Peace Corps Gang Rape: Volunteer Says U.S. Agency Ignored Warnings

Share
Copy

But some victims say the Peace Corps has continued to treat them in an insensitive way.

Follow ABCNewsBlotter on Twitter

"There isn't a point person or an advocate or someone who is managing the case," said Casey Frazee of Cincinnati, Ohio who was sexually assaulted in South Africa in 2009. She has established a support group and website for other Peace Corps victims, First Response Action.

"No one is really looking at this because there's this over-idealized picture of the JFK Peace Corps," said Frazee.

Maggie Young of New Mexico says she decided to tell the story of her rape in South Africa in 2008 because she feels more should be known about the problem.

"It's nice to know that there are people out there who care about hearing our stories," she said of the ABC News report.

In the case of the gang rape victim, Jess Smochek, she says she was made to feel the attack was her fault because she had been walking alone shortly after 5 p.m.

"I had to list all the things that I had done wrong to cause this to happen to me," she says her counselor told her.

Other women said they were told that by having a drink or two they had invited the attacks.

"I was a risky person, and that I had in some way put myself in that situation," said Adrianna Ault Nolan, who was raped in 1998 but says she still carries the mental scars of the incident.

"I still blame myself," says Christina Holsomback of Alabama, who was raped in the country of Georgia in 2008. "Maybe I should not have had a drink or maybe we shouldn't have gone to dinner."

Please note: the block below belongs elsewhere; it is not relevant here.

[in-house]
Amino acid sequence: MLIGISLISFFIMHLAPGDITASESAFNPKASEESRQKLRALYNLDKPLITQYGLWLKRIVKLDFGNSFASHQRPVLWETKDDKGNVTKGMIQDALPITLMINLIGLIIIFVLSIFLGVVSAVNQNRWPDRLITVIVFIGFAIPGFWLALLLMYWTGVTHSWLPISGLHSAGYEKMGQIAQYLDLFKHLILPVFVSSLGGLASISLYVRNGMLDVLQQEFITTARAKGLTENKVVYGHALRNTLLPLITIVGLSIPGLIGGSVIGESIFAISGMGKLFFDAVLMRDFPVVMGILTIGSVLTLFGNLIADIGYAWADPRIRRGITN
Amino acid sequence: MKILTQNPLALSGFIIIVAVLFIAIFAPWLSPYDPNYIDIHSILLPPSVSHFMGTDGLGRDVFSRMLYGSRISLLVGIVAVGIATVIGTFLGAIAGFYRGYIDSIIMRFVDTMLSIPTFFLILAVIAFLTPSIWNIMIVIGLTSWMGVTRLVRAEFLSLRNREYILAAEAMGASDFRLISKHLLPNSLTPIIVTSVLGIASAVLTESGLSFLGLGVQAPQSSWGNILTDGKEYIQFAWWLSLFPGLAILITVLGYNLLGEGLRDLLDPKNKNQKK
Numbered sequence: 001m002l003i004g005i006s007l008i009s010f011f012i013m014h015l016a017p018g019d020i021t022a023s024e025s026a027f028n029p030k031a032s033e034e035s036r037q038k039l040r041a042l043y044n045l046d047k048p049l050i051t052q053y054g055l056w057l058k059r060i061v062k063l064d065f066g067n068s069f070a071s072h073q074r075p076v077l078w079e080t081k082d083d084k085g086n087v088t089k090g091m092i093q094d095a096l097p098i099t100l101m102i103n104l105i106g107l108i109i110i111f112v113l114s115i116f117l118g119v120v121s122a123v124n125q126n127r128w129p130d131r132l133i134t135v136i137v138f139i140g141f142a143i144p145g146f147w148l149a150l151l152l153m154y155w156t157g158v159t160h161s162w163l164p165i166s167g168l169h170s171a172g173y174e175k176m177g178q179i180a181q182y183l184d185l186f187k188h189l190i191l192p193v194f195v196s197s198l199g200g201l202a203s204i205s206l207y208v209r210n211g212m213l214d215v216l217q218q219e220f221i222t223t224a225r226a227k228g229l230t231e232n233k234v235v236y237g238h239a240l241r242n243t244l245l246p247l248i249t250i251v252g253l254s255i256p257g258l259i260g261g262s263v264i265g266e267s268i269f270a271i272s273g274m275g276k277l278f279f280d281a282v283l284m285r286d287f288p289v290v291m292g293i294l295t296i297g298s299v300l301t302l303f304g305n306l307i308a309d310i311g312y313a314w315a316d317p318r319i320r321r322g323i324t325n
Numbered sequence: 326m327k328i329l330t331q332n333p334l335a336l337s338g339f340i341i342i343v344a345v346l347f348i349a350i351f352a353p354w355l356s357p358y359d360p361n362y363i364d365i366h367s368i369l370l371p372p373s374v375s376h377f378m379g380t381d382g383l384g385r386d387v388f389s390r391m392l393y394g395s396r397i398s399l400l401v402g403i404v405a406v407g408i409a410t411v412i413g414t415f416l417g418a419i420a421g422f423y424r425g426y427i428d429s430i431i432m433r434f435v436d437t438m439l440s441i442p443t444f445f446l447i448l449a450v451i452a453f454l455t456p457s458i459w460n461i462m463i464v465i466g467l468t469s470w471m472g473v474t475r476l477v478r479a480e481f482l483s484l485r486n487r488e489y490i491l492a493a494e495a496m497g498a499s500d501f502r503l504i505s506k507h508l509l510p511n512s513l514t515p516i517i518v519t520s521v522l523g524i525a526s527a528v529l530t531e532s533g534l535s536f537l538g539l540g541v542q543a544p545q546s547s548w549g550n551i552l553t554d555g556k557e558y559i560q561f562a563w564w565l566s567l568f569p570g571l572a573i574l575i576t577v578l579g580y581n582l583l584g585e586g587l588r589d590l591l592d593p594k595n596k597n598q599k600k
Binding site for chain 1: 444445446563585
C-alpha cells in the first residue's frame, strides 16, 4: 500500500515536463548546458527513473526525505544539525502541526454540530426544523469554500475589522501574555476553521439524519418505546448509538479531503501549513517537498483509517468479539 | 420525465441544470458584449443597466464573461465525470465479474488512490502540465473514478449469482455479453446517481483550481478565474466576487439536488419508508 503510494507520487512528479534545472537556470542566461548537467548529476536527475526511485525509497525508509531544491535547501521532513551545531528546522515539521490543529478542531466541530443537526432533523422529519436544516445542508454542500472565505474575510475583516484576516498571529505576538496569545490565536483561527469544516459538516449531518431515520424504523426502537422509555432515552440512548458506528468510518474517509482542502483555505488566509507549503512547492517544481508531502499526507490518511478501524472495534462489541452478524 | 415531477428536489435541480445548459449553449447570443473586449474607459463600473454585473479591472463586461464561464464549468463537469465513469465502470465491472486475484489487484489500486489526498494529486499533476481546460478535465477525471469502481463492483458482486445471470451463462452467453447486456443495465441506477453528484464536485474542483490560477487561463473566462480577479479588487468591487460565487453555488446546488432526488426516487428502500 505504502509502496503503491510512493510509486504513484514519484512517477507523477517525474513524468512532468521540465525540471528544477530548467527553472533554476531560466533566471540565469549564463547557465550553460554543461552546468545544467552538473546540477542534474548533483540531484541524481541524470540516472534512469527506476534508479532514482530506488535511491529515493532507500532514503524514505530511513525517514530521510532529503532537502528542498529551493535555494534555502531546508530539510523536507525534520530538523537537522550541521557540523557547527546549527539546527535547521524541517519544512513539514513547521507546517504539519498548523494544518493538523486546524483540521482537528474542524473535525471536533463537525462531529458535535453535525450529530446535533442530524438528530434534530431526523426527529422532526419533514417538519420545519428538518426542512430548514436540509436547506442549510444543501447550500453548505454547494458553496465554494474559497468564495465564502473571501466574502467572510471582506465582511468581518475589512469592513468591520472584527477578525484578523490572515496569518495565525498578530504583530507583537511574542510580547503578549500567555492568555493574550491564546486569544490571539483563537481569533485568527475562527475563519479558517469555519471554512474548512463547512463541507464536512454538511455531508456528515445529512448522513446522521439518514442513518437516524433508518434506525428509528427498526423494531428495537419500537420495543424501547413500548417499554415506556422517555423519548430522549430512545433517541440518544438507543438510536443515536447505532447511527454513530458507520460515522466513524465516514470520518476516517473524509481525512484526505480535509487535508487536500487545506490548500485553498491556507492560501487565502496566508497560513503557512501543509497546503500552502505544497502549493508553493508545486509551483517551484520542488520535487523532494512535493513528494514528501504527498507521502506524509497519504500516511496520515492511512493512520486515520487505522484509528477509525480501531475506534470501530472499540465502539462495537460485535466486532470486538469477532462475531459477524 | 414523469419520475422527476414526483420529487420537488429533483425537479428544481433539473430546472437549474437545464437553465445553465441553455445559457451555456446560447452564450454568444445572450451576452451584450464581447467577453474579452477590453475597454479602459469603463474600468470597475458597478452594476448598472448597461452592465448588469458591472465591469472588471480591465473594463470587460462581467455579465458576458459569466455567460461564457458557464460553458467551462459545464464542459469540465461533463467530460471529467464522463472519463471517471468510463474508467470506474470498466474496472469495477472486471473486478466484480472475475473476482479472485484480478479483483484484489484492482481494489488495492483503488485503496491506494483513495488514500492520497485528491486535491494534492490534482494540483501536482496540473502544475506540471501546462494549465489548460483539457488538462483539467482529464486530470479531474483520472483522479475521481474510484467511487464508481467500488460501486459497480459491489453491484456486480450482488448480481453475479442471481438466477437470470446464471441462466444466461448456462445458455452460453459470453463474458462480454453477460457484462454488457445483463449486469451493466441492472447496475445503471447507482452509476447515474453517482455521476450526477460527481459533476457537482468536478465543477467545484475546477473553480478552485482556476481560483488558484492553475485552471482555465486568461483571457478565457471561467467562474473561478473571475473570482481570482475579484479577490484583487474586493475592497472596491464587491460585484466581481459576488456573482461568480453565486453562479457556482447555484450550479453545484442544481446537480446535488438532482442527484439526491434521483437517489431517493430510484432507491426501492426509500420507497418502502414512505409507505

Victims say Peace Corps counselors are doing great damage. "Just because someone has a drink doesn't give anyone the right to violate them," said Casey Frazee. "And they need to stop telling survivors that."

"When bad things happen, you say to yourself, 'How did I bring this upon myself?' and I think, unfortunately, Peace Corps is hoping you'll think in that direction, too," said Adrianna Ault Nolan.

The Peace Corps says it is not the agency's policy to blame victims of rape and sexual assault.

"There are volunteers who have been assaulted or raped who actually do speak kindly of Peace Corps," said Hessler-Radelet.

CLICK HERE to follow the ABC News Investigative Team and Brian Ross on Facebook and join in on the discussion. Shown video of the victims' interviews, Hessler-Radelet said, "I'm deeply grieved by that. It's terrible."

She said she was surprised to hear the stories because the Peace Corps has a Special Services office designed to help victims and has recently created a task force to re-examine agency policies for dealing with sexual assault victims.

"We have a huge commitment to these women," said Hessler-Radelet. "I wasn't around before but I can control the future."

Many of the women interviewed for the ABC News 20/20 investigation said the Peace Corps needs to provide more than the limited counseling they received after they were attacked, and help to cut through bureaucratic red tape to get further treatment.

"It was too hard to navigate by myself and so I just gave up," said Jill Hoxmeier, now studying public health in New Mexico, who was sexually assaulted in the South American country of Guyana in 2007.

"If that's the case, if they need help cutting through red tape, then Peace Corps should be helping them," said Hessler-Radelet.

The victim of the gang rape, Jess Smochek, says she was given only limited counseling sessions and a one-way ticket home and still suffers from after-effects to this day, more than six years later.

"My life has changed forever," she told ABC News.

Angela M. Hill, Hanna Siegel and Chris James contributed to this report.

Click Here for the Blotter Homepage.

Page
  • 1
  • |
  • 2
Join the Discussion
blog comments powered by Disqus
 
You Might Also Like...
See It, Share It
PHOTO: Patrick Crawford is pictured in this photo from his Facebook page.
Meteorologist Patrick Crawford KCEN/Facebook
Kate Middleton Learns Sign Language
Ben Stansall/AFP/Getty Images
PHOTO: George Stinney Jr., the youngest person ever executed in South Carolina, in 1944, is seen in this undated file photo.
South Carolina Department of Archives and History/AP Photo
PHOTO: Johns Hopkins University sent nearly 300 acceptance emails to students who had actually been denied.
Kim Hairston/Baltimore Sun/Getty Images